Cato adjunct scholar Ilya Somin discussed eminent domain over moveable and intangible assets in this 2009 post. He writes, “condemning mobile assets is a losing proposition for state and local governments – even if courts will let them do it,” noting that “businesses would quickly flee any jurisdiction that started using eminent domain in this way. … Moreover, other firms would forego the opportunity to move into the area in the first place.”
But on to the sequel: Legislators in Annapolis killed the eminent domain proposal in conference committee, and then frantic negotiations on extending the subsidies failed to reach agreement as to a final $3.5 million before the end of the legislative session last week, which means the state’s taxpayers may save that money (or save even more, if the show decides to leave).
Isn’t it nice when negotiations between two sets of rogues to fleece the rest of us break down? And it’s a credit to the structure of our constitutional system that it often succeeds in blocking such negotiations.
Congress passed the misnamed Patient Protection and Affordable Care Act four years ago. It was a signal political achievement. Alas, ObamaCare is proving to be a policy bust as Kathleen Sebelius leaves her job as Secretary of Health and Human Services.
For instance, health insurance premiums are rising dramatically, especially for the young. The federal government now mandates expensive “benefits” that many people do not need or desire.
Even more dramatic is the reverse Robin Hood redistribution from the generally lower-income young to the mostly wealthier old. As I point out in my new Forbes online article: “By requiring coverage irrespective of health status and limiting risk-based premium differentials ObamaCare shifted costs from gray-haired investment bankers to newbie sales associates. Despite the administration’s faux shock at the huge premium increases for the young, the legislation is working precisely as intended.”
Along with higher premiums came the destruction of existing plans. The president’s promise that if people liked their policies they could keep them was a calculated and cynical deception. The legislation explicitly overrode private choice to impose Washington’s preferred “benefit” mix.
Another impact of the ACA, discussed in a new report from the American Health Policy Institute, is to increase business costs through new taxes, mandated benefits, and administrative costs. Moreover, companies ultimately will end up paying indirect costs, such as a share of new taxes on others, such as for medical devices.
In 2012 large employers spent about $580 billion to cover employees and their dependents. AHPI figured these companies would have to spend an extra $4800 to $5900 per employee.
Some amount of this new expense will be shifted onto customers. How much depends on consumer demand and industry competitiveness. Moreover, companies will lose revenue as higher prices reduce sales.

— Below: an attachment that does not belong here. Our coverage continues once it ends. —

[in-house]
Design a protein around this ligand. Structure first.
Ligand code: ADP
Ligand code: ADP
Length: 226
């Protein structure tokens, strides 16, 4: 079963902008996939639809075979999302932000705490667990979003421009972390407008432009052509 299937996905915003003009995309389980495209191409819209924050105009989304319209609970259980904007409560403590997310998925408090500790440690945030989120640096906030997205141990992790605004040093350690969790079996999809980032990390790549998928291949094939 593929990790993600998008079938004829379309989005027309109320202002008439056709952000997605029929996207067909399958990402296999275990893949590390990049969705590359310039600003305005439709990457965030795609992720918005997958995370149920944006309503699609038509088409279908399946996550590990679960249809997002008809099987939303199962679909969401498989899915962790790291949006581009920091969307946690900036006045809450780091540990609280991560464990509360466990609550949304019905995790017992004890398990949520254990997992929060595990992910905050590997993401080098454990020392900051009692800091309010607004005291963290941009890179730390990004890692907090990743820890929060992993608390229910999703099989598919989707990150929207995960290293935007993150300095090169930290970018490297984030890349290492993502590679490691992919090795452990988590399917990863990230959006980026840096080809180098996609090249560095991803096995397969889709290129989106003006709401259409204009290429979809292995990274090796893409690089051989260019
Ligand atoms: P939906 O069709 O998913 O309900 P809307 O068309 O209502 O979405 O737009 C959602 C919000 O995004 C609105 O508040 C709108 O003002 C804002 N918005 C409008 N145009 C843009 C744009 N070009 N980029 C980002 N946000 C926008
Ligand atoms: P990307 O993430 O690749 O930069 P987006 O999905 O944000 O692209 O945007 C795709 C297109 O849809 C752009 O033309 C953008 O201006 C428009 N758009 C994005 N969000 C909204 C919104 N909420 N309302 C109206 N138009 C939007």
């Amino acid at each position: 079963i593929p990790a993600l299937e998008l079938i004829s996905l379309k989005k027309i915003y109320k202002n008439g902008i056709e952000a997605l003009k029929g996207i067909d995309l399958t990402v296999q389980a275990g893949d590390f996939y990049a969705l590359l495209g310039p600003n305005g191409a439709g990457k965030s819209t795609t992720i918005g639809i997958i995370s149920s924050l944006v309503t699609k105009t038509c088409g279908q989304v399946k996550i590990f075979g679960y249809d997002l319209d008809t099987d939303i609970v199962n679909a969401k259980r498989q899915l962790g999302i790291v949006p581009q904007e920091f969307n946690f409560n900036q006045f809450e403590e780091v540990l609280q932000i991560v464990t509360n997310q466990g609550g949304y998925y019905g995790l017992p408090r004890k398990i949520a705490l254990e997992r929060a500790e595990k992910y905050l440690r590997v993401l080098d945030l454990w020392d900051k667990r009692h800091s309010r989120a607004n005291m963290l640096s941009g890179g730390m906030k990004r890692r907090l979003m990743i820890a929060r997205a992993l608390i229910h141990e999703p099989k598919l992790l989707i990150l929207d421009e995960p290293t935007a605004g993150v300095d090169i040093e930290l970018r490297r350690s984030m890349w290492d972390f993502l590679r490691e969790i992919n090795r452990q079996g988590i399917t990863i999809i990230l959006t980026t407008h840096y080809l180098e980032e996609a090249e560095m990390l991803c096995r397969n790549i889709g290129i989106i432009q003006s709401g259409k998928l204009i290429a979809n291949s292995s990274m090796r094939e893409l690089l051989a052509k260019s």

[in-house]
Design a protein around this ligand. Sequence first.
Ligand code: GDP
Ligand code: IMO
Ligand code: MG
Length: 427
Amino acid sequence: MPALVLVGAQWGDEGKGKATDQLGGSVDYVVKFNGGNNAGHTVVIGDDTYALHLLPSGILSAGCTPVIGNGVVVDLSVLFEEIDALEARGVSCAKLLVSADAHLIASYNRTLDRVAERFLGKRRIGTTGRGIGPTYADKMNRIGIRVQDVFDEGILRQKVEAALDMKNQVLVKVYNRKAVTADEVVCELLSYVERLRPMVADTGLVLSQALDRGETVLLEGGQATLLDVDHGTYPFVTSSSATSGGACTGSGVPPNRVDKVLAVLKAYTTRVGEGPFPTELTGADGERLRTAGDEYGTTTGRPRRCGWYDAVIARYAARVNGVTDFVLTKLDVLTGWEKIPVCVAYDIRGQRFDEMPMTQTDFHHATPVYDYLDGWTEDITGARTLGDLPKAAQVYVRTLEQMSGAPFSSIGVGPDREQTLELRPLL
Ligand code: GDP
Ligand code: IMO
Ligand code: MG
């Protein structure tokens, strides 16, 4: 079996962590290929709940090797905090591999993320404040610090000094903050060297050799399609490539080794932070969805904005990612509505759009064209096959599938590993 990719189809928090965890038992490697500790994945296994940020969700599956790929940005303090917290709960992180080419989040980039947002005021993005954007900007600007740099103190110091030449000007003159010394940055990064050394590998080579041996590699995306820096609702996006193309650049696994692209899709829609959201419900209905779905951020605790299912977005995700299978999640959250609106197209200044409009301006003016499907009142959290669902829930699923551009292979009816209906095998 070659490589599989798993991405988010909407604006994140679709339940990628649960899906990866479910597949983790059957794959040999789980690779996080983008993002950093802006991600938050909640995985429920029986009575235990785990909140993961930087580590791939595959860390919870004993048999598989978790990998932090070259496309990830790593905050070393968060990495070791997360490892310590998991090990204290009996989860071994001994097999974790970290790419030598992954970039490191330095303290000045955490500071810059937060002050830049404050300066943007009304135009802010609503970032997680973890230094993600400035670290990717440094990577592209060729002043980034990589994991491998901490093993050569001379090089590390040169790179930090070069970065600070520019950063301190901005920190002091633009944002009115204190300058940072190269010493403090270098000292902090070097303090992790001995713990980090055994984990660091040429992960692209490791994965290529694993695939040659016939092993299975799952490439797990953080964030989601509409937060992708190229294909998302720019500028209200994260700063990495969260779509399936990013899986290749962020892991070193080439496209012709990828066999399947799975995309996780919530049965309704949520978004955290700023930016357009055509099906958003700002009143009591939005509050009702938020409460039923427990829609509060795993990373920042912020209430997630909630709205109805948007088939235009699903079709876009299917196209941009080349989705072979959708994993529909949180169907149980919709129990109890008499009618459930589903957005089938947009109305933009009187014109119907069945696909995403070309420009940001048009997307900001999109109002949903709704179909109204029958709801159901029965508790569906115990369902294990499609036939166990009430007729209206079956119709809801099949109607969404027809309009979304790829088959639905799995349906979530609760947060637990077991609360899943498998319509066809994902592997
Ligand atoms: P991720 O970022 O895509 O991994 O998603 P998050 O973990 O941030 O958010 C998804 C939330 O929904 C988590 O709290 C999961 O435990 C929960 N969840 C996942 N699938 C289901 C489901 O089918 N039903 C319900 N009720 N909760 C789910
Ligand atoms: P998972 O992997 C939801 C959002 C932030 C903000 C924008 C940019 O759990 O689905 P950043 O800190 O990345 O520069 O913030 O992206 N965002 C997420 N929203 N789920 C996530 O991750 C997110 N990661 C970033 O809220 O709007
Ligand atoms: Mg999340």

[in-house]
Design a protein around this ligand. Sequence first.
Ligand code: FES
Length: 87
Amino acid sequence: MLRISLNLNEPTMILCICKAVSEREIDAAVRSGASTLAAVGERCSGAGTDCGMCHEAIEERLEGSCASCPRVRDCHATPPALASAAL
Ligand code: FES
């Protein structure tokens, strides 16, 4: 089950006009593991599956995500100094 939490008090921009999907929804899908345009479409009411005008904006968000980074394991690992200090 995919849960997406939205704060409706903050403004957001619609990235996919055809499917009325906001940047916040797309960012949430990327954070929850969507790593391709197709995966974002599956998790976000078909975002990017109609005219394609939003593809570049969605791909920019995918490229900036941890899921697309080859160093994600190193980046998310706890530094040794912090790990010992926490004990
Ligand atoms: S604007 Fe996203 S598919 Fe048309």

Firms also will more aggressively shift costs onto employees. Between 1999 and 2013 the cost of employer-provided health insurance trebled, causing business to look for ways to cut corporate outlays. That effort will continue.
The third consequence of the ACA’s cost increases is to raise the price of hiring workers, which will reduce the number of jobs. The principle is simple: the more expensive government makes it for companies to add workers, the fewer workers companies will add.
Unfortunately, the administration is hiking business costs in more areas than just health care. Last year the Heritage Foundation’s James Gattuso and Diane Katz estimated that annual regulatory costs jumped roughly $70 billion during President Obama’s first term.
Explained Gattuso and Katz: “While historical records are incomplete, that magnitude of regulation is likely unmatched by any administration in the nation’s history.” In its fourth year alone the administration issued 2605 new rules, with annual regulatory costs jumping more than $23.5 billion. On top of that was another $4.6 billion in one-time implementation costs.
Unfortunately, there are thousands more proposed rules in the federal pipeline. Obviously, regulations have benefits as well as costs. However, public choice economics warns of perverse public incentives, with government agencies acting to advance their own interests—in particular, their influence, workforce, and budget—even if contrary to the public interest.
At a time of slow economic growth and high unemployment, the most painful consequence of hyper-regulation may be lost jobs. ObamaCare has a particularly pernicious impact because it directly raises the costs of hiring additional workers. And the president wants to inflate that burden still further by, for instance, raising the minimum wage and expanding regulations covering overtime pay.
The Affordable Care Act is many things, but it certainly is not affordable. “Vote for ObamaCare so people can find out what is in it,” declared then-House Speaker Nancy Pelosi. Now we know and most people are appalled at what they discovered. Higher costs, fewer choices, and lost jobs. Heckuva job, Barack!
Yonah Freemark, a writer over at Atlantic Cities–which normally loves any transit boondoggle–somewhat sheepishly admits that light rail hasn’t lived up to all of its expectations. Despite its popularity among transit agencies seeking federal grants, light rail “neither rescued the center cities of their respective regions nor resulted in higher transit use.”
Not to worry, however; Atlantic Cities still hates automobiles, or at least individually owned automobiles. Another article by writer Robin Chase suggests that driverless cars will create a “world of hell” if people are allowed to own their own cars. Instead, driverless cars should be welcomed only if they are collectively owned and shared.
The hell that would result from individually owned driverless cars would happen because people would soon discover they could send their cars places without anyone in them. As Chase says, “If single-occupancy vehicles are the bane of our congested highways and cities right now, imagine the congestion when we pour in unfettered zero-occupancy vehicles.” Never mind the fact that driverless cars will greatly reduce congestion by tripling roadway capacities and avoid congestion by consulting on-line congestion reports.